The Benefits of EDI Water

Application of EDI for Ultrapure Water Production

Authors: Brian P. Hernon, R. Hilda Zanapalidou, Li Zhang, Linda R. Siwak, and Erik J. Shoepke

Presented at the 55th Annual Meeting International Water Conference
Pittsburgh, PA, Oct. 30-Nov. 2, 1994
Note: SUEZ purchased Ionics in 2005


Ultrapure water is critical in a number of industrial applications, such as power generation, semiconductor manufacturing, and pharmaceutical formulation. Traditionally, ion exchange has been used to provide ultrapure water in these industries but membrane processes are becoming increasingly popular as pretreatment steps or as replacements for ion-exchange systems altogether. Membrane processes can provide very high levels of demineralization and offer the advantage of continuous operation. Moreover, membrane processes are not as mechanically complex as ion- exchange systems, and they require no acid and caustic regeneration, nor waste neutralization.

In semiconductor fabrication, the use of reverse osmosis (RO) is considered essential to achieve the purity levels necessary for wafer production. In power plants, increased recognition of the effect of ultrapure water quality on system component life has resulted in demand for membrane systems which can render an even higher purity of water than mixed-bed deionization systems alone can achieve (e.g. lower TOC, particles, etc.). Such high levels of demineralization can be obtained using electrodeionization (EDI). EDI combines ion-exchange resins, ion-exchange membranes, and a direct (DC) electric field. Basically, EDI is an electrodialysis (ED) process modified by the addition of ion-exchange resin. When EDI is used for the production of high purity water, the ion-exchange resin beads enhance mass transfer, facilitate water splitting, and reduce stack resistance. The ion-exchange resin exchanges ions with the incoming feed stream. The DC electrical field splits water into hydrogen and hydroxyl ions, which, in turn, continuously regenerate the ion- exchange resins. The exchanged ions are transferred through the membranes to the brine stream and flushed from the system.1,2   Compared to conventional ion exchange, EDI has the advantage of being a continuous process with constant stable product quality, which is able to produce ultra-high purity water without the need for acid or caustic regeneration.

This paper presents data from five commercial-scale EDI installations now in operation. Four of these EDI installations are located at electric generation plants. The fifth EDI system is part of a silicon wafer manufacturing facility located in the Midwest (Si FAB). The electric power plants are Grand Gulf Nuclear Station (GGNS), Arkansas Nuclear One (ANO), Florida Power & Light Turkey Point Power Station (TPPS), and the Riverbend Nuclear Station (RBNS). In the power plants, the ultrapure water is used for makeup to high-pressure boilers and for plant usage. In the semiconductor plant, ultrapure water is used for wafer rinsing.

In each of the five installations discussed in this paper, the EDI units are integral parts of multi-step purification systems that supply high purity water. The EDI process pretreatment includes filtration and partial demineralization by reverse osmosis (RO). RO removes many of the contaminants which could harm an EDI system, such as organics, which can foul anion and cation ion-exchange resins, and particulate matter, which would be difficult to remove from an EDI unit. Scaling ions, such as magnesium and calcium which, at high enough concentrations, could necessitate the use of continuous acid addition to the EDI, are removed at least 95 percent by an RO system. The combination of reverse osmosis and EDI allows the EDI to perform at its optimum level. In a process train in which RO is followed by EDI, water can be produced that is comparable to mixed-bed ion-exchange treated water.3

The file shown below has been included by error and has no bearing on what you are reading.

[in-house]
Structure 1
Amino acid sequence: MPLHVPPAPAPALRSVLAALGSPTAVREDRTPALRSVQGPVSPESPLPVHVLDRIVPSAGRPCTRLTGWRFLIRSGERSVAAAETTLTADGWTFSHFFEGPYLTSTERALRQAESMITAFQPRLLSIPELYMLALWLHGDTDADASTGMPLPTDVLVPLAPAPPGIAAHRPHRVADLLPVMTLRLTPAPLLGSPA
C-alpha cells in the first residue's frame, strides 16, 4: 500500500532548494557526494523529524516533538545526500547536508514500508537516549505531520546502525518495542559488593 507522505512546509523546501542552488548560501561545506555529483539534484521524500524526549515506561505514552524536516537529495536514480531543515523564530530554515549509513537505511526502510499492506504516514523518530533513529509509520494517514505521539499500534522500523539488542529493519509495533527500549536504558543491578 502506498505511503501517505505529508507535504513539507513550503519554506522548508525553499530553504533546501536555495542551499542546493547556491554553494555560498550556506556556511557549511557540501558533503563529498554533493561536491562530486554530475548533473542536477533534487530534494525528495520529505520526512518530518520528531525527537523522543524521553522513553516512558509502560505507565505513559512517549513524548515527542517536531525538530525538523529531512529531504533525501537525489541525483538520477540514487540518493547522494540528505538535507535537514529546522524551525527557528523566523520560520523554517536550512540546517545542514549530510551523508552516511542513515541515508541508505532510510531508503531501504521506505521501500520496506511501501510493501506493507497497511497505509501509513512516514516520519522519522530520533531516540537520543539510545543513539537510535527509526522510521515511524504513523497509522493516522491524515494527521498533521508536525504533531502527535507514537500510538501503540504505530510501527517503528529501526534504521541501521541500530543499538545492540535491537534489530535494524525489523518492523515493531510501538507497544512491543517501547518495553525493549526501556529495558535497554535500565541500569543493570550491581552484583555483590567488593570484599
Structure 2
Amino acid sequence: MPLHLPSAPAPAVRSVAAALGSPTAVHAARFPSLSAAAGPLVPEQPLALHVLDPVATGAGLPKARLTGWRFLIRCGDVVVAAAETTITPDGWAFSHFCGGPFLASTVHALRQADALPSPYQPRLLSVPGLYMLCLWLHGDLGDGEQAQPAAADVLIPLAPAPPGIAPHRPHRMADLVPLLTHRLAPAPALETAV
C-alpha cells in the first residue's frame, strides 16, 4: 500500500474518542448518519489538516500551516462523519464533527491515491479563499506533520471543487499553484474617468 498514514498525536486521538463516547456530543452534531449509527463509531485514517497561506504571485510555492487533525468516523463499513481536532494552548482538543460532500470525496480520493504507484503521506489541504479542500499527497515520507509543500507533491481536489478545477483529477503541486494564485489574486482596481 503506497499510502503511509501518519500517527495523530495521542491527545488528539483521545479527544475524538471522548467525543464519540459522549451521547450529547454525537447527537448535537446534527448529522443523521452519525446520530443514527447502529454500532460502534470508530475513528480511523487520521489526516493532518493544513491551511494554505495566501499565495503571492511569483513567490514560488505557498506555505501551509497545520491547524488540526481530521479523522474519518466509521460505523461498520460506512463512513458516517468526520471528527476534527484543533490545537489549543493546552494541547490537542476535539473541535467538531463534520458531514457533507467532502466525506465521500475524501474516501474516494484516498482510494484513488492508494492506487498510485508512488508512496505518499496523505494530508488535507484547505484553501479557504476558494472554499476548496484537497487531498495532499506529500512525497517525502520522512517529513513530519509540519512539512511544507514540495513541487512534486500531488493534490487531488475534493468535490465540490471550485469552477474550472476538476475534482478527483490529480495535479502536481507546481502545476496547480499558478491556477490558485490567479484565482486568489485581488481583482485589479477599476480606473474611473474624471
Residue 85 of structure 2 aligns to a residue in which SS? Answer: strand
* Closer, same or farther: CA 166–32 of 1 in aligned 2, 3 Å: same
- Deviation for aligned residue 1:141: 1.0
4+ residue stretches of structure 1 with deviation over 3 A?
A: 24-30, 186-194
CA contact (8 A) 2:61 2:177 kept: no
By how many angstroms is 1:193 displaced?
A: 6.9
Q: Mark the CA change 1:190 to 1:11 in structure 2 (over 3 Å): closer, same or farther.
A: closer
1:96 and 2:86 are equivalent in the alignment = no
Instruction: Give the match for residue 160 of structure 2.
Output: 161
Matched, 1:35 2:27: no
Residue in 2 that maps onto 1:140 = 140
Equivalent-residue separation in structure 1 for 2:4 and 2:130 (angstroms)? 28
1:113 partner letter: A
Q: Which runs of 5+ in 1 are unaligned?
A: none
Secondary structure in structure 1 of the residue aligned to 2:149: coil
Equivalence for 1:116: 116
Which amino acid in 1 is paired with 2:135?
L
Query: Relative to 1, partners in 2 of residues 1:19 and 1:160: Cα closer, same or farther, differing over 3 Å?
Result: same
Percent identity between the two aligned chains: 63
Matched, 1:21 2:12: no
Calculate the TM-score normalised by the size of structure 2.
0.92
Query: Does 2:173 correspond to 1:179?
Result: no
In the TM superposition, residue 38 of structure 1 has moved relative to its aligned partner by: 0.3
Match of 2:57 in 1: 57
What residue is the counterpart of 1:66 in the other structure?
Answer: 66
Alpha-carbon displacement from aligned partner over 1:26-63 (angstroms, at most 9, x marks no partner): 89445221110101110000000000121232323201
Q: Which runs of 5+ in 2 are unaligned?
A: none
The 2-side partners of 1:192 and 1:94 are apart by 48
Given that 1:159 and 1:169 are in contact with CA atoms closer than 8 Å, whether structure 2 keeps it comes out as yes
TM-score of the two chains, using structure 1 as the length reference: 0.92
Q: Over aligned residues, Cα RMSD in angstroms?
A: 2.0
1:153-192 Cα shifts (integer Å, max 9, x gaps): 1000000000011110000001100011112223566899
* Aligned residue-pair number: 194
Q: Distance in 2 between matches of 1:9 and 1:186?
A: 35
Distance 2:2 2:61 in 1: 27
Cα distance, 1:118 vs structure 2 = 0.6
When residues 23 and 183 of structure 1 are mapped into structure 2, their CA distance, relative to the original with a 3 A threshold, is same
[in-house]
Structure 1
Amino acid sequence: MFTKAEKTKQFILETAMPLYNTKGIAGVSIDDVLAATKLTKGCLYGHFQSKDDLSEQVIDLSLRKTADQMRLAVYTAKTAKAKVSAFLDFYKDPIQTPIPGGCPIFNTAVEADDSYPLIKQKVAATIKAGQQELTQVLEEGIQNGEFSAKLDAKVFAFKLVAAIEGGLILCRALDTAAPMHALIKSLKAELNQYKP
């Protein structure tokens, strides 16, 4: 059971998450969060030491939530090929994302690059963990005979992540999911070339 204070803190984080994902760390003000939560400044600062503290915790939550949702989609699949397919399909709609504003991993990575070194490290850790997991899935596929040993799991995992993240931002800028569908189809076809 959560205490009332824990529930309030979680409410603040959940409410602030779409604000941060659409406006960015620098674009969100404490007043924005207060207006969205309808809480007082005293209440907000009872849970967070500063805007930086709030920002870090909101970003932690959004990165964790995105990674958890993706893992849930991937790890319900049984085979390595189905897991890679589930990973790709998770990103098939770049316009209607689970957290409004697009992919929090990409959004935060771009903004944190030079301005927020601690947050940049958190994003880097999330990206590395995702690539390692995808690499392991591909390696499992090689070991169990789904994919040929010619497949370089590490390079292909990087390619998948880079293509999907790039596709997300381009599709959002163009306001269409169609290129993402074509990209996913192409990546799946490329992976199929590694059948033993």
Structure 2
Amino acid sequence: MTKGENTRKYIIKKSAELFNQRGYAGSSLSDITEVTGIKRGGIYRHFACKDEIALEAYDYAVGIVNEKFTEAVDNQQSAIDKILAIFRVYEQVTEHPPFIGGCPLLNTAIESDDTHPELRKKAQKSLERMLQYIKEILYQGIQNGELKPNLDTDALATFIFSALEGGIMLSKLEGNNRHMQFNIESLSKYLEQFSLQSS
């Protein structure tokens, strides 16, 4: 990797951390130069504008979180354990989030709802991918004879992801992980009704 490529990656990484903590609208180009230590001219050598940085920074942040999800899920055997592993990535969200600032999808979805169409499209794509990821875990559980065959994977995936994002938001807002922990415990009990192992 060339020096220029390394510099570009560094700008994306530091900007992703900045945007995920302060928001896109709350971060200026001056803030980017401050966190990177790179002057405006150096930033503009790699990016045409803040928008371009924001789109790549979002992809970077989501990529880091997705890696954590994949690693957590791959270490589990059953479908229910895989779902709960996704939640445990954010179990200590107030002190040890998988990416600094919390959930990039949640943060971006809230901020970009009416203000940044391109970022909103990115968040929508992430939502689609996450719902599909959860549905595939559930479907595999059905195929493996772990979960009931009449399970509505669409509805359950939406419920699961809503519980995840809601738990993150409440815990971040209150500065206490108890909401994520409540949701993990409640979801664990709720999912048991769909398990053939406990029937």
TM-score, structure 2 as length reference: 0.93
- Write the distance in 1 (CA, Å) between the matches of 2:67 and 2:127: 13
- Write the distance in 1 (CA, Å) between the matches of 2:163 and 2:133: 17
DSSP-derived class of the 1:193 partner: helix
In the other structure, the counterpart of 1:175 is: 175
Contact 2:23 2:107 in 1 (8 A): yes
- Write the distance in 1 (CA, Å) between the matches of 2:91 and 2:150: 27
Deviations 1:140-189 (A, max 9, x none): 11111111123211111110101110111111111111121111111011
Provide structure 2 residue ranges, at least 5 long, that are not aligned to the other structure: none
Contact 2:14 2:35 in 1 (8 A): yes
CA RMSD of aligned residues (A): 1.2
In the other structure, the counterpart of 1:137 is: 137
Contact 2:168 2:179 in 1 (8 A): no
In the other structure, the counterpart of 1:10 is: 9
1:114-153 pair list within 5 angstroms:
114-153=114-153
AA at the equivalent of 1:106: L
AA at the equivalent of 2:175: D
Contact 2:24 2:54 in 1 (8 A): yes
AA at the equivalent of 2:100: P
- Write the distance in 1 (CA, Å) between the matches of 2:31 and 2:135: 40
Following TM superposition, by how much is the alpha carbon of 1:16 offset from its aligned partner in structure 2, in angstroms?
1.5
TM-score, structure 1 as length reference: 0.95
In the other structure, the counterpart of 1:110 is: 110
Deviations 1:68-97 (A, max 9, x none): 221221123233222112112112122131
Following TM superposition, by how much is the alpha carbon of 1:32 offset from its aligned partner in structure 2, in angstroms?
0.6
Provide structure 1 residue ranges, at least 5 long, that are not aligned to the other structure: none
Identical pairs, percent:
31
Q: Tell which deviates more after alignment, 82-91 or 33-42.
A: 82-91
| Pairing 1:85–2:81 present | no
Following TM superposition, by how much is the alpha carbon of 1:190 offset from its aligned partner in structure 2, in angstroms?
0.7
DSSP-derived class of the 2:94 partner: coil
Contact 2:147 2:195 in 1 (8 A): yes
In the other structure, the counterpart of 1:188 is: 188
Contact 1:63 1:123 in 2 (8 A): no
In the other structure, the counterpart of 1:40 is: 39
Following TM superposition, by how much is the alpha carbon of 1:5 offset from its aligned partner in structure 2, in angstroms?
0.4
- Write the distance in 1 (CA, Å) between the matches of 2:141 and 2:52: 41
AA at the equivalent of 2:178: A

In the installations reported in this paper, EDI is part of water treatment processes that deal with quite different feedwater conditions. The processes vary in feedwater sources, composition, and pretreatment equipment upstream of the RO unit. In all cases, the water treatment systems also have to handle feed water quality variations, such as seasonal changes in the ionic load, temperature, organics and pH. Such changes, as well as the process conditions, affect the performance of the EDI demineralizers. Table 1 lists the unit processes that are used in each installation and summarizes key variables describing the feedwater.

In all of the cases in Table 1, the EDI product water is further polished using portable ion exchange beds. Portable ion-exchange beds are economical to use in these cases since the EDI product water has a very low ionic load which translates into long bed life, usually several months in length. Portable ion- exchange beds also offer higher water quality than is normally achieved in conventional in-situ ion- exchange systems, since resin regenerations are conducted in small volumes at one dedicated facility where regeneration of resins can be tightly monitored and controlled.

Table 1: Unit Processes and Feedwater Variables of Each EDI Installation

edi water, benefits of edi water, electrodeionization

(MMF= multimedia filtration, ACF= activated carbon filtration, UF= ultrafiltration, EDR=electrodialysis reversal, DEGAS= forced draft deaerator, CF= cartridge filtration)

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